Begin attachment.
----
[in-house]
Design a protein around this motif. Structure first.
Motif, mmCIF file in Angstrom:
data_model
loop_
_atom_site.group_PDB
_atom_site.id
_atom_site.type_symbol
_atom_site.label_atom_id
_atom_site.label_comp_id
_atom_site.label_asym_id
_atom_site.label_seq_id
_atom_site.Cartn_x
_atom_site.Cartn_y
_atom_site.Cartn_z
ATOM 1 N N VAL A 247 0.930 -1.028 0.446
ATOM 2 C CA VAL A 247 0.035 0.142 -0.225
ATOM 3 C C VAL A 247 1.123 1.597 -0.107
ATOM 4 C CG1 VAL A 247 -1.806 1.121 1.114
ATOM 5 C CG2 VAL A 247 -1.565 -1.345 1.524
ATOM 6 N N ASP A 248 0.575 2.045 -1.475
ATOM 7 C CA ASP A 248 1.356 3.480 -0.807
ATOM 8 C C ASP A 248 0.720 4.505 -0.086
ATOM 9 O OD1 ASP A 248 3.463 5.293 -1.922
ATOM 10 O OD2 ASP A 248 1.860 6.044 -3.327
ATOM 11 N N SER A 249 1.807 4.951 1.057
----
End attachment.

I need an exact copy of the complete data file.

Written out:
[in-house]
Design a protein around this motif. Structure first.
Motif, mmCIF file in Angstrom:
data_model
loop_
_atom_site.group_PDB
_atom_site.id
_atom_site.type_symbol
_atom_site.label_atom_id
_atom_site.label_comp_id
_atom_site.label_asym_id
_atom_site.label_seq_id
_atom_site.Cartn_x
_atom_site.Cartn_y
_atom_site.Cartn_z
ATOM 1 N N VAL A 247 0.930 -1.028 0.446
ATOM 2 C CA VAL A 247 0.035 0.142 -0.225
ATOM 3 C C VAL A 247 1.123 1.597 -0.107
ATOM 4 C CG1 VAL A 247 -1.806 1.121 1.114
ATOM 5 C CG2 VAL A 247 -1.565 -1.345 1.524
ATOM 6 N N ASP A 248 0.575 2.045 -1.475
ATOM 7 C CA ASP A 248 1.356 3.480 -0.807
ATOM 8 C C ASP A 248 0.720 4.505 -0.086
ATOM 9 O OD1 ASP A 248 3.463 5.293 -1.922
ATOM 10 O OD2 ASP A 248 1.860 6.044 -3.327
ATOM 11 N N SER A 249 1.807 4.951 1.057